It all started eight years ago with a videotaped lecture he gave to prospective law students.
Regent University School of Law professor James Duane had given his “Don’t Talk to the Police” – his lecture on the Fifth Amendment—talk dozens of times before.
“I’d been doing this thing for years, but I’d never taped any of them,” said Duane.
But this time, he made an exception: He invited his current students to join in on the lecture. And when a few students couldn’t make it to the class in real-time, he put it on Regent’s website and sent it to 40-some students via email.
A week later, he received a phone call from the head of the university’s IT department.
“She said, ‘Jim, we’ve got a problem over here,” said Duane.
The video had attracted such a high volume of viewers that the school’s server was unable to handle it. Duane agreed to release the video onto what was then known as “iTunes University,” a forum for internet-users to browse and download videos from different schools.
“That’s when it all began, people started downloading it and put it on all kinds of websites,” said Duane. “That video went viral and it changed my life.”
Duane recalls the first day he learned that his lecture had been uploaded onto YouTube when a colleague told him that it had reached 2,000 views.
“It blew my mind, I was shocked. 2,000? That’s a lot of views for a law professor,” he said. “I remember thinking, ‘gosh, if I had known 2,000 people were going to watch it I would’ve done a better job.”
To this day, several versions of the video have been uploaded for a total of 21 million all-time viewership and counting. In fact, the video has gained such popularity that Duane is recognized in public.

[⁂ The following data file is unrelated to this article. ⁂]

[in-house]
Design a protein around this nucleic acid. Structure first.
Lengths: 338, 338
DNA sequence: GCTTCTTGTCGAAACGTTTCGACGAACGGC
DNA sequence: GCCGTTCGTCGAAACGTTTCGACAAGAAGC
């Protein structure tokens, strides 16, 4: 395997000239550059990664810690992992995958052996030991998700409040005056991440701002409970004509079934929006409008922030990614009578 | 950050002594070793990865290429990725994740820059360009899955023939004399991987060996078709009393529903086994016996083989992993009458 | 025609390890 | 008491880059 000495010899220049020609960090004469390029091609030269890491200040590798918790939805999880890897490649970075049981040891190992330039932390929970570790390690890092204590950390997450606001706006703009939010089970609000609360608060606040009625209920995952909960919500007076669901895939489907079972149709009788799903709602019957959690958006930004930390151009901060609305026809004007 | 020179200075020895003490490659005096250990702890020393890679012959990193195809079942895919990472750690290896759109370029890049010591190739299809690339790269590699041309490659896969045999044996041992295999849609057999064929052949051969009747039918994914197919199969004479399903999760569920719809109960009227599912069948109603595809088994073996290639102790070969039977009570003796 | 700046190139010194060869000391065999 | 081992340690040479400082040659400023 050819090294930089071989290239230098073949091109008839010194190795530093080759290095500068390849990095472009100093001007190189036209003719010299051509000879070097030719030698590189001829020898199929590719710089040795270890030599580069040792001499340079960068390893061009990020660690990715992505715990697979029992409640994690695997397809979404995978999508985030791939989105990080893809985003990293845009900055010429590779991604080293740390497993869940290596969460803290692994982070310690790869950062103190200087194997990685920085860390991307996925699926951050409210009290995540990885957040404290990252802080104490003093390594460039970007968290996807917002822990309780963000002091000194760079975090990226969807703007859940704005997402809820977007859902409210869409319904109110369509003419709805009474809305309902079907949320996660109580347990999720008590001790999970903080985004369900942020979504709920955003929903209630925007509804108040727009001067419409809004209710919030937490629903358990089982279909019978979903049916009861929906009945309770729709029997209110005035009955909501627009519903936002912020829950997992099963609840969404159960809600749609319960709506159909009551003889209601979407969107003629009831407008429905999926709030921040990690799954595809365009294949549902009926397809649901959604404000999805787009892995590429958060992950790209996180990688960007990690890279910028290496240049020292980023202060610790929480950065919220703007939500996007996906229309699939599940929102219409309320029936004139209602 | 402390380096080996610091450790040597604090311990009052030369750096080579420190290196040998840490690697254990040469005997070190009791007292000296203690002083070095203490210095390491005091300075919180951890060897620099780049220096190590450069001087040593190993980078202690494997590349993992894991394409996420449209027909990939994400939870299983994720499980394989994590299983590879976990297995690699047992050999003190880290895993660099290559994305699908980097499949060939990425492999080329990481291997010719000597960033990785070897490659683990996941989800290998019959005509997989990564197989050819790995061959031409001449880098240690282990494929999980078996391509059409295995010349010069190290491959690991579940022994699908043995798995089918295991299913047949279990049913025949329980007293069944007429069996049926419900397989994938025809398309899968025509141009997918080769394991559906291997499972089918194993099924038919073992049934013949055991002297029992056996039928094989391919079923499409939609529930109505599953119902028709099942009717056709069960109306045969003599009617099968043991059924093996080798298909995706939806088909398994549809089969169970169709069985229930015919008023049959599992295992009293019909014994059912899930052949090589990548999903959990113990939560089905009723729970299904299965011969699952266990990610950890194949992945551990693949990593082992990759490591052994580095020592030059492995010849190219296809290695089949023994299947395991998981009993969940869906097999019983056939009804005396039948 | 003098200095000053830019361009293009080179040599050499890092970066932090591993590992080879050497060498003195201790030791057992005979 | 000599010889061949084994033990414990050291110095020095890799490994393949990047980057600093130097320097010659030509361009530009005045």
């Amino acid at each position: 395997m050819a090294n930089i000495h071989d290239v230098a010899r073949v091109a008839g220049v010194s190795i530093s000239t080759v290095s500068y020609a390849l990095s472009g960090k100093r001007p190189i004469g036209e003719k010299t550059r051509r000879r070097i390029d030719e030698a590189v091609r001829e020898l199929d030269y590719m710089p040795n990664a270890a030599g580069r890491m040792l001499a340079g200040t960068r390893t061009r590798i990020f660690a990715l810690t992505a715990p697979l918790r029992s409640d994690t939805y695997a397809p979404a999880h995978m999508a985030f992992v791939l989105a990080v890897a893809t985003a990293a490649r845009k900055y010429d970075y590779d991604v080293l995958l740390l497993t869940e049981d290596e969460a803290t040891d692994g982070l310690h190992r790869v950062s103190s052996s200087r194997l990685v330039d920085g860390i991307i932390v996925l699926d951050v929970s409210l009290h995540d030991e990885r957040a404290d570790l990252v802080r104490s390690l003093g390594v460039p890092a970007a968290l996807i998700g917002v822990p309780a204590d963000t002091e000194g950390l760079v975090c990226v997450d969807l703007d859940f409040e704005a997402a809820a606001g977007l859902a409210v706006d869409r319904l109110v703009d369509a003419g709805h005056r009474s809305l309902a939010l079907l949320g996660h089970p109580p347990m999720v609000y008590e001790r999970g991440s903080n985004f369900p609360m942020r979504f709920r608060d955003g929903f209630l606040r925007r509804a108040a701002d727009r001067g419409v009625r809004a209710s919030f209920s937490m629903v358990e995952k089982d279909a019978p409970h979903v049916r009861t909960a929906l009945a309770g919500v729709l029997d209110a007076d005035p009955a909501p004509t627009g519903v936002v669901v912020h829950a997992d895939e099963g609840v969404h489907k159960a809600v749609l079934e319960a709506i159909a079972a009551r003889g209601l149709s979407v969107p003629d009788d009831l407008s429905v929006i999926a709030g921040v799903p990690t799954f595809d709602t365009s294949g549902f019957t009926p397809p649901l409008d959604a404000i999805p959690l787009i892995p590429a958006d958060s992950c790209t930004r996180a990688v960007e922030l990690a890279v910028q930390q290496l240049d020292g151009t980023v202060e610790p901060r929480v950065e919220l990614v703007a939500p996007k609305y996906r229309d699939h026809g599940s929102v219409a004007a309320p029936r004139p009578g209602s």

“I’ve heard some strange things: I was speaking about this subject at a college and a young man came up to me and said they had my video on a loop all throughout a party on campus,” said Duane. “It was the soundtrack of the party, that’s pretty bizarre.”
So, in the summer of 2015, when a publisher from Amazon approached him about writing a short book based on the video’s astounding popularity, Duane was hesitant.
“I was dubious,” he said. “Who would buy the book if the video is online? And [the publisher] said, ‘Trust me, this could sell.’”
His book, You Have the Right to Remain Innocent launched September 2016. Now, it sits at the number one spot in Amazon’s Kindle Store in the Law, Practical Guides section. He believes the theme of the book, “the protection of the underdog,” is a message that resonates with people who hold beliefs across the entire political ideology spectrum.
“Nobody likes unfairness,” said Duane. “There’s a God-given trait within every one of us that instinctively recoils at the thought of unfairness.”
The book takes a deep-dive into real cases where real people were honestly convicted – many of them later proved to be innocent beyond a shadow of a doubt. Duane poured over the transcripts of these cases to nail down how these false convictions happen in the first place:
“Police officers use techniques that are really quite effective in getting the guilty people to confess,” said Duane. “But they’re too effective, because they too often work on innocent people.”
Duane explained that oftentimes a suspect is all too willing to talk to police.
“They think, ‘I have nothing to hide, why shouldn’t I? I’m innocent, I’m glad to cooperate,’” said Duane. “Because they’re naïve, because they don’t understand the risk they face, they don’t understand how the system works.”
This book, he said, was written for them.
Learn more about Regent University’s School of Law.